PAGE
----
WHO-IUIS Nomenclature SubCommittee for IG and TR (Report Aug 2007)


          WHO-IUIS Nomenclature Subcommittee for
    ...
WHO-IUIS Nomenclature SubCommittee for IG and TR (Report Aug 2007)

2. The IMGT-ONTOLOGY axioms and concepts

The WHO-IUIS...
WHO-IUIS Nomenclature SubCommittee for IG and TR (Report Aug 2007)

2.1. The "Group" and "Subgroup" concepts

  The "Group...
WHO-IUIS Nomenclature SubCommittee for IG and TR (Report Aug 2007)

are allele names. Alleles identified by the mutations ...
WHO-IUIS Nomenclature SubCommittee for IG and TR (Report Aug 2007)

translated in the IMGT® databases, tools and Web resou...
WHO-IUIS Nomenclature SubCommittee for IG and TR (Report Aug 2007)

[6]   Lefranc, M.-P. and Lefranc, G. The T cell recept...
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(Microsoft Word - WHO_IUIS_Nomenclature ...

  1. 1. WHO-IUIS Nomenclature SubCommittee for IG and TR (Report Aug 2007) WHO-IUIS Nomenclature Subcommittee for Immunoglobulins and T cell receptors report August 2007 13th International Congress of Immunology, Rio de Janeiro, Brazil 1. The WHO-IUIS Nomenclature SubCommittee Members of the WHO-IUIS Nomenclature Subcommitee/IMGT Nomenclature (IMGT-NC) SubCommittee for immunoglobulins and T cell receptors: Donald Capra (USA) , Max Cooper (USA) , Tasuku Honjo (Japan), Leroy Hood (USA) , Gérard Lefranc (France), Marie-Paule Lefranc (France), Fumihiko Matsuda (Japan), Hans Zachau (Germany). Experts 2006-2007: Cynthia L. Baldwin (USA), Eva Bengtén (USA), Pierre Boudinot (France), Deborah Dunn-Walters (UK), Jean-Pol Frippiat (France), Evelyne Jouvin-Marche (France), Serge Muyldermans (Belgium), Bettina Wagner (USA). Standing Committee for Immunoglobulins and T cell receptors: Marie-Paule Lefranc, IMGT, Laboratoire d’ImmunoGénétique Moléculaire, Université Montpellier 2 and UPR CNRS, Institut de Génétique Humaine, Montpellier, France, Marie-Paule.Lefranc@igh.cnrs.fr. Since the creation of IMGT®, the international ImMunoGeneTics information system®, http://imgt.cines.fr, in 1989, at New Haven during the 10th Human Genome Mapping Workshop (HGM10), the standardized classification and nomenclature of the immunoglobulins and T cell receptors of human and other vertebrate species have been under the responsibilility of the IMGT Nomenclature Committee (IMGT-NC). In 1995, following the first demonstration on-line of the nucleotide database IMGT/LIGM-DB at the 9th International Congress of Immunology in San Francisco, the IMGT-NC SubCommittee for immunoglobulins and T cell receptors has become the WHO-IUIS Nomenclature SubCommittee. The WHO-IUIS Nomenclature SubCommittee for immunoglobulins and T cell receptors works in close collaboration with the IMGT-NC SubCommittee for the immunoglobulin superfamily (IgSF) and the major histocompatibility complex superfamily (MhcSF), the Human Genome Organisation (HUGO) Nomenclature Committee (HGNC), the Mouse Genomic Nomenclature Committee (MGNC), the Nomenclature Committees of newly sequenced genomes, the national and international Immunology, Immunogenetics and Genetics Societies, the editors and publishers for recommendations to Authors. 1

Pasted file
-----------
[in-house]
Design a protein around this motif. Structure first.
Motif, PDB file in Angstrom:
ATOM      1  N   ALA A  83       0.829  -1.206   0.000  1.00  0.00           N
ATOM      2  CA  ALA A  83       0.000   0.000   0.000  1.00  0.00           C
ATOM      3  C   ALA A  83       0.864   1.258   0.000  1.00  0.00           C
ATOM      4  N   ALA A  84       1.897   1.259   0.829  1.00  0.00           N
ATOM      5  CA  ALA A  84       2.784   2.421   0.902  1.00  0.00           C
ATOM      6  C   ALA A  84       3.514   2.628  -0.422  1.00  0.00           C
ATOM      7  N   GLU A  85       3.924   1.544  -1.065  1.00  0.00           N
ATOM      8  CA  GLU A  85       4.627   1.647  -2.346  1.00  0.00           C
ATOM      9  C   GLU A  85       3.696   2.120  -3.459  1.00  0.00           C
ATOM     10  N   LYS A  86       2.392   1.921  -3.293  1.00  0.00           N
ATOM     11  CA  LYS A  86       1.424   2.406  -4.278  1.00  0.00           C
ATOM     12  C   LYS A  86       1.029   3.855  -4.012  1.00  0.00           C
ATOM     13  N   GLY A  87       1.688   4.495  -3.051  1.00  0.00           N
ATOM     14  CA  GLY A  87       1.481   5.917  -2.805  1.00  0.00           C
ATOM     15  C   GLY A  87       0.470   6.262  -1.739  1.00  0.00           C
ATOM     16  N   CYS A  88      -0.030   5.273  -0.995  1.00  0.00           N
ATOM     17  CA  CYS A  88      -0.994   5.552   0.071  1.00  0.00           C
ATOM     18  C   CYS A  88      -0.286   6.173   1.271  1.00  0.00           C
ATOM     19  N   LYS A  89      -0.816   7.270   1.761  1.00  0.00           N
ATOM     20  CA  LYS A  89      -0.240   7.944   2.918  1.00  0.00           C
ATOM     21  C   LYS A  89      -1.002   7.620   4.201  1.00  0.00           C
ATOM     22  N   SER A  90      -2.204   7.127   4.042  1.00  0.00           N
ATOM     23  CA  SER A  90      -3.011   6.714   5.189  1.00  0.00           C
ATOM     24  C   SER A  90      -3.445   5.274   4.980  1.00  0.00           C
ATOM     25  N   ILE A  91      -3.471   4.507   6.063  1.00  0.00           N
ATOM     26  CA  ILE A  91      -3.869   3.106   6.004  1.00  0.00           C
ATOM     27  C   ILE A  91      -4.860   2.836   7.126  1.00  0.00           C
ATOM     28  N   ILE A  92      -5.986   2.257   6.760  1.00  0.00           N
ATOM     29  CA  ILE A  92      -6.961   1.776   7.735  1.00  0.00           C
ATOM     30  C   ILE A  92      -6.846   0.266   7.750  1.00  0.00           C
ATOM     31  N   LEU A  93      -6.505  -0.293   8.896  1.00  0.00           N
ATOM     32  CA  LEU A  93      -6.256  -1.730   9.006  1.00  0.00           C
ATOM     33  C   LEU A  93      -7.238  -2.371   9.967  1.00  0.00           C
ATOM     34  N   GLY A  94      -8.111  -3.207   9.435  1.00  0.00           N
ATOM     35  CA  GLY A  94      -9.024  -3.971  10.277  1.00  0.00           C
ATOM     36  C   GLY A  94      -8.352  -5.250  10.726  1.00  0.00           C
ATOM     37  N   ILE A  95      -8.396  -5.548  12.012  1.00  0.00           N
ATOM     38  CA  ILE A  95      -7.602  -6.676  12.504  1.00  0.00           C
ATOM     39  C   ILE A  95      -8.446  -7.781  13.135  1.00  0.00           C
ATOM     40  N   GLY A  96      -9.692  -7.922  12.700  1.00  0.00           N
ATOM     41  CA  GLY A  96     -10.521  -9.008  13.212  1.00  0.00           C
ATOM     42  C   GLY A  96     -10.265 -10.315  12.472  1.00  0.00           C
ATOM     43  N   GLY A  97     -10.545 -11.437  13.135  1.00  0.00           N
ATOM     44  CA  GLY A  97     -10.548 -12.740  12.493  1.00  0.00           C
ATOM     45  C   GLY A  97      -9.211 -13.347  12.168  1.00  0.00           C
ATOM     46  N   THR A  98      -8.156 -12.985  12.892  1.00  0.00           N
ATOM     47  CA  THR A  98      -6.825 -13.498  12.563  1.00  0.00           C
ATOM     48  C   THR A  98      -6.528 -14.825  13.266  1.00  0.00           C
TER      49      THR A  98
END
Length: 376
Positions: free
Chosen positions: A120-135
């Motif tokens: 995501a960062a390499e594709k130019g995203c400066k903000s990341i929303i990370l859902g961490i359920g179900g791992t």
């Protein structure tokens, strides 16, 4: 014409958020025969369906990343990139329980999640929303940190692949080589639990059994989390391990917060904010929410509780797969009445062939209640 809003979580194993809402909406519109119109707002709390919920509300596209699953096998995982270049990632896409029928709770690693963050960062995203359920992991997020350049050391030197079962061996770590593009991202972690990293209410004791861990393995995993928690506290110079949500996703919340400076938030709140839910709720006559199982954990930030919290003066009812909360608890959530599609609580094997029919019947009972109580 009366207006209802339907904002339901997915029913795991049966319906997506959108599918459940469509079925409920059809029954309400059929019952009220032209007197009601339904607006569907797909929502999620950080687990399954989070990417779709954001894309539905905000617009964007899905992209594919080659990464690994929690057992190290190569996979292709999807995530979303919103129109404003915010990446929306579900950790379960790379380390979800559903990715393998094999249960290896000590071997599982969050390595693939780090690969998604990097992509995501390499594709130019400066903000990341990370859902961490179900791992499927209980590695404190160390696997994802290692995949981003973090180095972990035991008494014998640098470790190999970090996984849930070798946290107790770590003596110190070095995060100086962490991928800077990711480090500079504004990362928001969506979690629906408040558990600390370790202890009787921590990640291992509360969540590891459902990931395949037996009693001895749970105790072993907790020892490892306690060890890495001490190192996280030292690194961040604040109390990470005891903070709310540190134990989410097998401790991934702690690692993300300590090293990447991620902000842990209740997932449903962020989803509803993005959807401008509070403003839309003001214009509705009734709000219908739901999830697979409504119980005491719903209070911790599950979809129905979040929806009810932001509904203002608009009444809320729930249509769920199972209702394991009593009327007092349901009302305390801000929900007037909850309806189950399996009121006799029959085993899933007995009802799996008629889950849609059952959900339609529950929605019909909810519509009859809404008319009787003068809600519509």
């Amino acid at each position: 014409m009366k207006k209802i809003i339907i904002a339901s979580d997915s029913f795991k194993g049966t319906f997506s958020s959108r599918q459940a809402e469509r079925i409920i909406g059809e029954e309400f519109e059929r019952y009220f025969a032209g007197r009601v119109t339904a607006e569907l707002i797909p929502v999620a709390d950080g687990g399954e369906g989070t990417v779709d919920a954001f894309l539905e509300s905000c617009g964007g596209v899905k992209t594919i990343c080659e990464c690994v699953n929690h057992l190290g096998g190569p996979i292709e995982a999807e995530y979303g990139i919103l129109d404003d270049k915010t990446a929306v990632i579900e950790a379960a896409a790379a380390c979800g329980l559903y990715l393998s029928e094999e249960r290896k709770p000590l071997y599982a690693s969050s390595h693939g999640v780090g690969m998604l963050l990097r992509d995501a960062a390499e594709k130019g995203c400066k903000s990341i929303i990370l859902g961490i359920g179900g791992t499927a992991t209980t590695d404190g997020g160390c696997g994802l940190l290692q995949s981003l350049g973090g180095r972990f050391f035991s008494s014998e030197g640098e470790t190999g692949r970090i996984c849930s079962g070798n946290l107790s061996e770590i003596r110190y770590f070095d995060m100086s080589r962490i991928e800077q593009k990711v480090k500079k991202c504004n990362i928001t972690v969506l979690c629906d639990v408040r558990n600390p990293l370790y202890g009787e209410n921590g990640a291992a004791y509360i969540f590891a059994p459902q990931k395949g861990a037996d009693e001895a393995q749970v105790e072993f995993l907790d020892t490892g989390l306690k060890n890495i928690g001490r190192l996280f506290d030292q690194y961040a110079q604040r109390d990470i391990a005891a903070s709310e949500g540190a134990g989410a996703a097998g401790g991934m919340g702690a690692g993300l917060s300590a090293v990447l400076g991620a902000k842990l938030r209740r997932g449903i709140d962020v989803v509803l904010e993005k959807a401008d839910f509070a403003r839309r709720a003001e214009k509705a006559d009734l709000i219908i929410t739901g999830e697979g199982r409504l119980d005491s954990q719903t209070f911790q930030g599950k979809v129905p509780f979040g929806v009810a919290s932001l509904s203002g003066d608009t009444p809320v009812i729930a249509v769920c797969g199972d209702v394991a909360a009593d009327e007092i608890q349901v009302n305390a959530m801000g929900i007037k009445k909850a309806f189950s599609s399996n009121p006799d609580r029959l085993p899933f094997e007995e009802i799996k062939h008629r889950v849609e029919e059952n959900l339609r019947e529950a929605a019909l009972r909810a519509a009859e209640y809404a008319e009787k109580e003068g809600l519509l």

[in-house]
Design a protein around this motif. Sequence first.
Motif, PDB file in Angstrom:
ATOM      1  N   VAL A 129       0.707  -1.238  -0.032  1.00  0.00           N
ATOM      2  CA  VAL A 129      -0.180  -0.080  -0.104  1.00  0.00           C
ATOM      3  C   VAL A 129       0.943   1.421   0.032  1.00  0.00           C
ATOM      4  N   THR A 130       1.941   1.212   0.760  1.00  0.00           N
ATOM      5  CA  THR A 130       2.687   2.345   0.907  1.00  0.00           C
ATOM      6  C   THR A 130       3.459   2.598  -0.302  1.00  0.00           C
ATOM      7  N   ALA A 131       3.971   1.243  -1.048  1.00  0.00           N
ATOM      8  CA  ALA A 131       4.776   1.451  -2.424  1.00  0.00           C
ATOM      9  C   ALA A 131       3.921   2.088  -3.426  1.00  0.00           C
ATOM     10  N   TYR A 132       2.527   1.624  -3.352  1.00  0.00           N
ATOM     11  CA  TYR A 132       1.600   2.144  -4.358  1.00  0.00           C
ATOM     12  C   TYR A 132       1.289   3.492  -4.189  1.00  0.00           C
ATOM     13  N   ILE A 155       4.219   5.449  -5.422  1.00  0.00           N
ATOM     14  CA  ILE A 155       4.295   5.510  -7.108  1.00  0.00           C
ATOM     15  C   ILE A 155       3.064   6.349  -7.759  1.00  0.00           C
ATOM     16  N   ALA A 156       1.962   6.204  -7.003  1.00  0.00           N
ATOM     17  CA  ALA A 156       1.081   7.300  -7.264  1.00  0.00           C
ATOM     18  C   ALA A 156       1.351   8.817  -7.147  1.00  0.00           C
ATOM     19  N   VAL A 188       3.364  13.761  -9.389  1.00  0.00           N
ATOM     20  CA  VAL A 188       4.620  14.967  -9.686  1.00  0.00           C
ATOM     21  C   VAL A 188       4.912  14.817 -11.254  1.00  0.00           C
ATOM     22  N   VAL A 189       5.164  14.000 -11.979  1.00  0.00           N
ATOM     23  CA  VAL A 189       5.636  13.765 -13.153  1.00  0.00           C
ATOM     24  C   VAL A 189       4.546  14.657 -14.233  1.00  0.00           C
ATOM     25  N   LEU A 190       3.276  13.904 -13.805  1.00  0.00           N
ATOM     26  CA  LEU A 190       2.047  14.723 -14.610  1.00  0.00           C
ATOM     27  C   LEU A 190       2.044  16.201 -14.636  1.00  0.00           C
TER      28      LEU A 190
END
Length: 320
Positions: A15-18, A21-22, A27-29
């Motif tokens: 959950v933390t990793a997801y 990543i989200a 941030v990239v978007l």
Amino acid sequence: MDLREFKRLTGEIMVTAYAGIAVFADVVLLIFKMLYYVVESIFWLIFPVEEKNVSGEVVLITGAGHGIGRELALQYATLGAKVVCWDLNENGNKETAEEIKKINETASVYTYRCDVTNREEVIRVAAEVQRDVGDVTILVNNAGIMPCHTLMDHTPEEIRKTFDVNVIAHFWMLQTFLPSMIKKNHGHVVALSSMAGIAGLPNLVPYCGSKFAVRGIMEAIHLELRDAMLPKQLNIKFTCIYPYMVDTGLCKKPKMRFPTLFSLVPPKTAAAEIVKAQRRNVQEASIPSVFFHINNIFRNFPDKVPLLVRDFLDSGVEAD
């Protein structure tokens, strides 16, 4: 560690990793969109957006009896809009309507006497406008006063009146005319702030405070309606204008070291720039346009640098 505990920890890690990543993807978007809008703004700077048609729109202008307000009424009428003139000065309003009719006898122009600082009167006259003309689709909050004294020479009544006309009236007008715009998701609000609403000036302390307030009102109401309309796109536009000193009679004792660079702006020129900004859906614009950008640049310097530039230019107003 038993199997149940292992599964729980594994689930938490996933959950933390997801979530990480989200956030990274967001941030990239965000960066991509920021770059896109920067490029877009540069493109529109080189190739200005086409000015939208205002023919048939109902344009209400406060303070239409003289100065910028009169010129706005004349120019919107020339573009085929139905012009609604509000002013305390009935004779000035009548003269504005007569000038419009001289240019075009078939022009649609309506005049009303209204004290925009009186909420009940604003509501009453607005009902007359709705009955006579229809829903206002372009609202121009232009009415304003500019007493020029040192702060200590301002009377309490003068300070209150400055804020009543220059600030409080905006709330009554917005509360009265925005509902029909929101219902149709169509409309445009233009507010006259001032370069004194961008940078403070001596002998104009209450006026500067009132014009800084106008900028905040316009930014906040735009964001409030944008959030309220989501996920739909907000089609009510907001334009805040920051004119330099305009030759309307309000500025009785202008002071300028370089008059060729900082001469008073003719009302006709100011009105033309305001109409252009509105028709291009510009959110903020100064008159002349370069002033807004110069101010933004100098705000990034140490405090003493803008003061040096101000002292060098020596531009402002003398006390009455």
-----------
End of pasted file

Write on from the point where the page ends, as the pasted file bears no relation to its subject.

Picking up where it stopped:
2. 2. WHO-IUIS Nomenclature SubCommittee for IG and TR (Report Aug 2007) 2. The IMGT-ONTOLOGY axioms and concepts The WHO-IUIS Nomenclature SubCommittee for immunoglobulins and T cell receptors follows the rules for the nomenclatures, as described in the IMGT Scientific chart, http://imgt.cines.fr [1]. These rules are based on the concepts of IMGT-ONTOLOGY [2,3], the first ontology in immunogenetics and immunoinformatics. IMGT-ONTOLOGY manages the immunogenetics knowledge through diverse facets relying on seven axioms, "IDENTIFICATION", "DESCRIPTION", "CLASSIFICATION", "NUMEROTATION", "LOCALIZATION", "ORIENTATION" and "OBTENTION", that postulate that objects, processes and relations have to be identified, described, classified, numerotated, localized, orientated, and that the way they are obtained has to be determined. These axioms constitute the Formal IMGT-ONTOLOGY, also designated as IMGT-Kaleidoscope (Fig. 1). Fig. 1. The axioms of the Formal IMGT-ONTOLOGY or IMGT-Kaleidoscope. The CLASSIFICATION axiom has generated the concepts of classification, which have been necessary to propose a standardized nomenclature for the immunoglobulin (IG) and T cell receptor (TR) genes. These concepts take into account the highly polymorphic multigenic loci and families to which the IG and TR belong, their rearrangements and their allelic polymorphisms. These concepts are used whatever the antigen receptor (IG or TR), whatever the locus (for mammals, for example, immunoglobulin heavy IGH, immunoglobulin kappa IGK, immunoglobulin lambda IGL, T cell receptor alpha TRA, T cell receptor beta TRB, T cell receptor gamma TRG and T cell receptor delta TRD), whatever the gene configuration (germline, undefined or rearranged), and whatever the species, from fish to human. Among the concepts of classification, the "Group", "Subgroup", "Gene" and "Allele" concepts are essential. 2